The hill I couldn't climb

The-hill-I-couldnt-climb

Every January 2nd, we go away somewhere with big skies for a few days – to have a think and read books and walk and look at sunsets and reconnect and make plans for the year ahead. It's a great way to start the year and offers a crisp restart after Christmas has gone stale, and the long weeks of winter still stretch ahead.

Mid-Wales is my first choice for this, Snowdonia being one of the few UK places where mountains meet the sea – and on the west coast, you can get a perfect sunset if the weather goes your way.

Another place I recommend is a National Trust property sitting on the northern slopes of Cadair Idris, Wales' second highest mountain. At 800ft above sea level, Cregennan Lakes offers a double whammy of great views – the Cadair Idris ridge and over the Mawddach Estuary to Barmouth.

On the northern side of these two fishing lakes is an abrupt hill called Pared y Cefn Hir, a child summit of Cadair Idris with a peak at 1257ft. It's the pointy peak on the left in the photo above.

From across the lake, on still days, it creates a neat triangular reflection in the lake.

But looks are deceiving – walk 90 degrees to the side, and suddenly it presents quite a different lumpier, bumpier, longer three-headed profile that can't be seen as you ascend.

It's just a hill though, and a couple of family groups seemed to be trotting up and down it. There was also a well marked path, an invitation.

I headed up as Pete headed down and around. It was aerobic. And there were slide-marked mud patches all along the wide path. Still, my boots were sturdy and it felt good to have the heart pumping on all four cylinders.

At the top of the first bluff, I looked down and took a photo of Pete, a tiny waving speck down in the spent heather and golden grasses. Zoom in and see if you can spot him.

He also took one of me, a waving silhouette far above.

The-hill-I-couldnt-climb

Behind me there was a deep near-vertical gully, which a couple were attempting to climb by wedging themselves in the gap. A dog walker in the car park told me to avoid this, and walk around and up: "It's a bit of a scramble but not too bad."

The wind starting blowing as I rounded the bluff and came out of its lee. That was also the point where the soil ran out and the path disappeared into the rocks. I stepped onto each stone carefully, well aware of the drop of a couple of hundred feet just a slip away.

Of course, once you start thinking like that, the confidence you need to goat-hop up the rocks disappears and the inner no voice goes into overdrive:

"You're on your own, what if you fall here, or even just twist your ankle? Is there any phone reception to call for help or does the mountain block the signal? Is the path just over that rock or have you lost the way and getting deeper into the shit with every step?"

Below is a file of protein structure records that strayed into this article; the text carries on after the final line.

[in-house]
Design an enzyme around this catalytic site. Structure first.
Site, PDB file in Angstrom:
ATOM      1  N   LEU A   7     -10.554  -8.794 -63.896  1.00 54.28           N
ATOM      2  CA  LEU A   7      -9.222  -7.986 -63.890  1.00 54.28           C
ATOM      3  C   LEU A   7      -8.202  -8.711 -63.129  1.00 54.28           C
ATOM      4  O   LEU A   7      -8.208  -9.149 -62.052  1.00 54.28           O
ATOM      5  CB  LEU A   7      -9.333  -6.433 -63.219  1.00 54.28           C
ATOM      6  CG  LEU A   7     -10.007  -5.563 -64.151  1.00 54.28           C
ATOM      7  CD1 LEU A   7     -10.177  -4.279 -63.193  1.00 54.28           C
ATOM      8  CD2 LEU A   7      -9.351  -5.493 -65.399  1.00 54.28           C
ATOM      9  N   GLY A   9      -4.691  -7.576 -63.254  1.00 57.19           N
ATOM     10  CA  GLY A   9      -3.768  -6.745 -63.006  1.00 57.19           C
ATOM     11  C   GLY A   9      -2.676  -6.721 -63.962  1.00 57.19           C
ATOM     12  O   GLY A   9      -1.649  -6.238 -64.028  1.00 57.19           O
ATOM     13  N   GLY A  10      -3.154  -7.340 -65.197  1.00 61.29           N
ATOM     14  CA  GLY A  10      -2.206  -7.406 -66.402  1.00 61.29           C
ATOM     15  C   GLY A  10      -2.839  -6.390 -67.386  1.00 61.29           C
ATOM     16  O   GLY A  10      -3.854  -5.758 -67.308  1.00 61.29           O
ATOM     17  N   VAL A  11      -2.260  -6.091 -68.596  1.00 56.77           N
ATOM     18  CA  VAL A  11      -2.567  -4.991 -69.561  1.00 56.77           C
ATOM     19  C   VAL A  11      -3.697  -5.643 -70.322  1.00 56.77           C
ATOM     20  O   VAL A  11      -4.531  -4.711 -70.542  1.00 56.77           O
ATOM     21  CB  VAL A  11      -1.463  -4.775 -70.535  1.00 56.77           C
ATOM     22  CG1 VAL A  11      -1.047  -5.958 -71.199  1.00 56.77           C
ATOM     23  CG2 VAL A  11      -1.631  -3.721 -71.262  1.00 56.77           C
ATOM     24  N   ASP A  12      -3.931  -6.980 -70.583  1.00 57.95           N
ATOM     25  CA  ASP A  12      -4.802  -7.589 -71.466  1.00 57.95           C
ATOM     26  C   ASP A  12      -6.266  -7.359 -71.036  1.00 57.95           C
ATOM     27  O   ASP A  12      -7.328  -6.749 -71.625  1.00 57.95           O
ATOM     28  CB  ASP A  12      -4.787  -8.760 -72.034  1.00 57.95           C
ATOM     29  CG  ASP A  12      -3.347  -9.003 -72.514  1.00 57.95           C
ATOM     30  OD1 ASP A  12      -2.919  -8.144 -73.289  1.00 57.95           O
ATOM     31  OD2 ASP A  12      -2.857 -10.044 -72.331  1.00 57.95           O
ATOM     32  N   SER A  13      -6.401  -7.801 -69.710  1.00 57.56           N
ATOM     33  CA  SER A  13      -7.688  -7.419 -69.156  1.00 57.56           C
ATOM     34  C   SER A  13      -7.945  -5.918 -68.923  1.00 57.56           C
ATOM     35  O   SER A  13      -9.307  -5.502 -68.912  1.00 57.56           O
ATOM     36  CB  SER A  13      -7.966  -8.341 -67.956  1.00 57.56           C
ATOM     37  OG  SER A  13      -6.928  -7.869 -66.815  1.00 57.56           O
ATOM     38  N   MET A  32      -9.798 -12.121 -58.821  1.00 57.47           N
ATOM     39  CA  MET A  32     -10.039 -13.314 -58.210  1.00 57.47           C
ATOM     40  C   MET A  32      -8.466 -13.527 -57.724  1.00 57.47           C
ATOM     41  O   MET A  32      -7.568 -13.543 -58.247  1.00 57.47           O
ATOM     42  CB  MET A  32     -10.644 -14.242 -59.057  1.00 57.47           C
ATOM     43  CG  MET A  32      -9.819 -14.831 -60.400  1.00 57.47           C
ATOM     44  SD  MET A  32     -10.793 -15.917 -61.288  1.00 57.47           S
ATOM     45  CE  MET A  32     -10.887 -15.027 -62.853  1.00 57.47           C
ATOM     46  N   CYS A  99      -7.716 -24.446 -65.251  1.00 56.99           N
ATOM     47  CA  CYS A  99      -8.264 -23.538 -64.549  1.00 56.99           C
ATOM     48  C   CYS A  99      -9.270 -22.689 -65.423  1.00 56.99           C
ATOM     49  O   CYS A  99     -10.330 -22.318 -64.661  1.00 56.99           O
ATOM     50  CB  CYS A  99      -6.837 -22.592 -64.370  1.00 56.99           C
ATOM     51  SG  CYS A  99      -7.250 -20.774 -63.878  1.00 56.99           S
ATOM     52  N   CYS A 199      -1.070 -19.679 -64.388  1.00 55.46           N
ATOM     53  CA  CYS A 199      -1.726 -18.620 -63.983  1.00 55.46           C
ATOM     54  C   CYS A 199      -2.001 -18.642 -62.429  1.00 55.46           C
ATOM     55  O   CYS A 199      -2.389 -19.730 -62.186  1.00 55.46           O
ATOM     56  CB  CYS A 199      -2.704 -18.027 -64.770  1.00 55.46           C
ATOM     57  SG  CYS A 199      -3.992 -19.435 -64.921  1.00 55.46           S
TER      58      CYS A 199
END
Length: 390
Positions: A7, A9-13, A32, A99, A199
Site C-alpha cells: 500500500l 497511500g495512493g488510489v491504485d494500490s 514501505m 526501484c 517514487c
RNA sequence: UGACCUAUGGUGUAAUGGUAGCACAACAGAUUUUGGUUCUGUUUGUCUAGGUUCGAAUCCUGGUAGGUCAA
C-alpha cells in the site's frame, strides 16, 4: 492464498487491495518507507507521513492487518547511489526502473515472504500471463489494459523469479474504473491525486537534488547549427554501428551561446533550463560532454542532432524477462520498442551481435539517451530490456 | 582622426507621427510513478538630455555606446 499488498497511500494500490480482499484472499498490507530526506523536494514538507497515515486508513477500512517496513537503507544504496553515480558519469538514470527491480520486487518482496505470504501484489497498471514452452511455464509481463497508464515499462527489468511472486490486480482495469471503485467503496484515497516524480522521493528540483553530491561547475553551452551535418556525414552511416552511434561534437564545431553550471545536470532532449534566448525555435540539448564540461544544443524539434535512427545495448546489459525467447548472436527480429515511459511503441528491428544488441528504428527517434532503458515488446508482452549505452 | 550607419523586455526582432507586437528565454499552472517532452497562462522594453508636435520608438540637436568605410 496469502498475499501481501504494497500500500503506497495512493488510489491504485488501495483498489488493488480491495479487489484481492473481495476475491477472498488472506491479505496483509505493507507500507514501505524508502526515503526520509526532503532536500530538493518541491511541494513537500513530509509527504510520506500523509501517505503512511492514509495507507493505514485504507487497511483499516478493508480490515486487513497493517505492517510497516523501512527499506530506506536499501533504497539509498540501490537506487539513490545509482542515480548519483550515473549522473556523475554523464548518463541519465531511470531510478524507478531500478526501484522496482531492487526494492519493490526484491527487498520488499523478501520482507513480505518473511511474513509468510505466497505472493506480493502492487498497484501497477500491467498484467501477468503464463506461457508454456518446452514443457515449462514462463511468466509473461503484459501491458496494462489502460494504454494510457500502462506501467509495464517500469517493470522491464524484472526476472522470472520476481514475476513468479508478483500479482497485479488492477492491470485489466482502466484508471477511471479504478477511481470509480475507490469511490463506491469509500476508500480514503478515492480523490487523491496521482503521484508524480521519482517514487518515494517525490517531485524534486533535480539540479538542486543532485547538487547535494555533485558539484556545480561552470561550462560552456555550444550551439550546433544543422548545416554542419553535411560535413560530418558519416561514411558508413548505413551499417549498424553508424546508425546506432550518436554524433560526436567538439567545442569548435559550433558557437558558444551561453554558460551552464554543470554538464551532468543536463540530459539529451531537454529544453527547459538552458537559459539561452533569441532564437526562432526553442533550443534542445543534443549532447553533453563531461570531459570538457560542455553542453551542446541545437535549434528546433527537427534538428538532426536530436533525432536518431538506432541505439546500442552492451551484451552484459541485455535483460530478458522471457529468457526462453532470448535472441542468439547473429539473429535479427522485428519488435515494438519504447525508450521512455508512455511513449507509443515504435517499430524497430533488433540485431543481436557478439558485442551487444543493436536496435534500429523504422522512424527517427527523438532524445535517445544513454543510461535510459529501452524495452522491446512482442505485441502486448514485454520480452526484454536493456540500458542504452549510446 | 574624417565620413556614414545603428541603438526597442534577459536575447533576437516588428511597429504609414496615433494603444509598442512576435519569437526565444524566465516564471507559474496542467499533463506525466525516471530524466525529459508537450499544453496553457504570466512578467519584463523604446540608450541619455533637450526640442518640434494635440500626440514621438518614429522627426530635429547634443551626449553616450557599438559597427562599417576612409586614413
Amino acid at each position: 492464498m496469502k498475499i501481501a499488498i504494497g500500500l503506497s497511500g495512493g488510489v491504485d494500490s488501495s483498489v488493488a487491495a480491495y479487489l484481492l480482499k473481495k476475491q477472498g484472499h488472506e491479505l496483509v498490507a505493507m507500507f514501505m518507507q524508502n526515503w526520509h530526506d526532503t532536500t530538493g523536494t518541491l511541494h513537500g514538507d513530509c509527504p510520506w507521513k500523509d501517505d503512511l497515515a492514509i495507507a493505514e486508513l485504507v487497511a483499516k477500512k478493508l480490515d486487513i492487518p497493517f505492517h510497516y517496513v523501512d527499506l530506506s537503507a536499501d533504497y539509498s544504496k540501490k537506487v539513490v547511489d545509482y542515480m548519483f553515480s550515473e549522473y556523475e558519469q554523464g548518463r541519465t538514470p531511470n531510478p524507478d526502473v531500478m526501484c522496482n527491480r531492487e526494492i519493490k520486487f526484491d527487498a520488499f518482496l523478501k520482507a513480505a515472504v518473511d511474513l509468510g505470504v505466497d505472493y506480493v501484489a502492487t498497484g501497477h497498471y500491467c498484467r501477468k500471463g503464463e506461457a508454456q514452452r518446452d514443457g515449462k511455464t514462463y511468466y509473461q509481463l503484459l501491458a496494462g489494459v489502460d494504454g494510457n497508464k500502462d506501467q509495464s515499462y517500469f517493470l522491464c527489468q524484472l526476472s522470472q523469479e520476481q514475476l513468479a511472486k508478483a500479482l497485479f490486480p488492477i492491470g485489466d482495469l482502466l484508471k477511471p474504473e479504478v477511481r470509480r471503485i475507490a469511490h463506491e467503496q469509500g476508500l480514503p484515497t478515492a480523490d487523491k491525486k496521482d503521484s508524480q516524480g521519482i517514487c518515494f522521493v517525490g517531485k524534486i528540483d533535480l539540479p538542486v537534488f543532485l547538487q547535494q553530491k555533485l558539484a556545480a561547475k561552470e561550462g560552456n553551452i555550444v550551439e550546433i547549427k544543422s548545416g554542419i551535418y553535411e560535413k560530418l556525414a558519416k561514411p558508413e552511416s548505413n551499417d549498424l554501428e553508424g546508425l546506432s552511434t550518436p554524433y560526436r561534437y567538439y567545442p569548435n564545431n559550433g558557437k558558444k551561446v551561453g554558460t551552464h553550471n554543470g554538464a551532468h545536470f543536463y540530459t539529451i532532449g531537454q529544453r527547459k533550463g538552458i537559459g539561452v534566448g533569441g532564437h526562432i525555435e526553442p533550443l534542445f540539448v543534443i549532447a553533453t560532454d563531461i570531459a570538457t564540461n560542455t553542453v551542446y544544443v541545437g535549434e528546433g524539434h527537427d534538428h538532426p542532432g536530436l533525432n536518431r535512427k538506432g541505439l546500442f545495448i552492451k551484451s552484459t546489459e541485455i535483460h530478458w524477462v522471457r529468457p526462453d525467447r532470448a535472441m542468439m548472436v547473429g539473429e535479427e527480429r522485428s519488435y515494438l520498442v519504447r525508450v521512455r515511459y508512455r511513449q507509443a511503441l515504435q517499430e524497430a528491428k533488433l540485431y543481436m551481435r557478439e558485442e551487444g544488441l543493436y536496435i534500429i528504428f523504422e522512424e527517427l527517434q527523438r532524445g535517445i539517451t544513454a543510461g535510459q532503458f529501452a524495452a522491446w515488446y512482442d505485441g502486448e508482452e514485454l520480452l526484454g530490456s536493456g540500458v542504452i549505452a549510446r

I clung to the slope with both hands trying to reach for some inner mountain mojo and looking for a way forward.

The inner voice starts to get the upper hand.

"Most accidents happen on the way down, you know. And to older people like you. You'll be tired. You'll stumble or slip on loose gravel. Your knees will give way, the way they do, and over you'll go. You won't be able to see the path from above and you'll have to take a more dangerous route."

Reassuring now.

"Just turn around and go back to safety. The view at the top is the same only higher. Do it another day when there is someone with you. There's no shame in turning back. It's not a failure because it's not a competition. Better not to push a bad situation."

And so I turn around and retrace my steps back to the first of the three headers. I feel both relieved and disappointed in myself. My Welsh hillbagging challenge is over, curtailed either by wise decision-making over my abilities or by a lack of gumption to forge ahead anyway, it's hard to tell. Age is possibly a factor either way – although these limits are also a function of living in the city and a comfort zone.

The photo now feels slightly tainted. I captioned it 'The hill I couldn't climb'.

To anyone else, it shows a solo hill-climber on an adventure. To me, it is the moment just before defeat. Where I know I have reached my end point and can't continue on. It transports me vividly back to ancient forgotten defeats in the way that funerals resurface past griefs.

But what else is there to do after funerals and walking failures except carry on? There are other hills to climb. And if not, Snowdon has a train.

Oh and I made a kick-ass plan for 2020.

It's always good to end on a positive note.

One thought on “The hill I couldn't climb”

  1. Well I have done a bit of off-road running in the last year and it can be terrifying, and I can say happily that I am glad of all the missed "opportunities" and the careful stepping down "technical" slopes that others bound down nimbly. I'm not even ashamed that I stepped into a bush and had a cry in the middle of my ultramarathon on a chalky downhill! So good for you, recognising when it was sensible to turn back.

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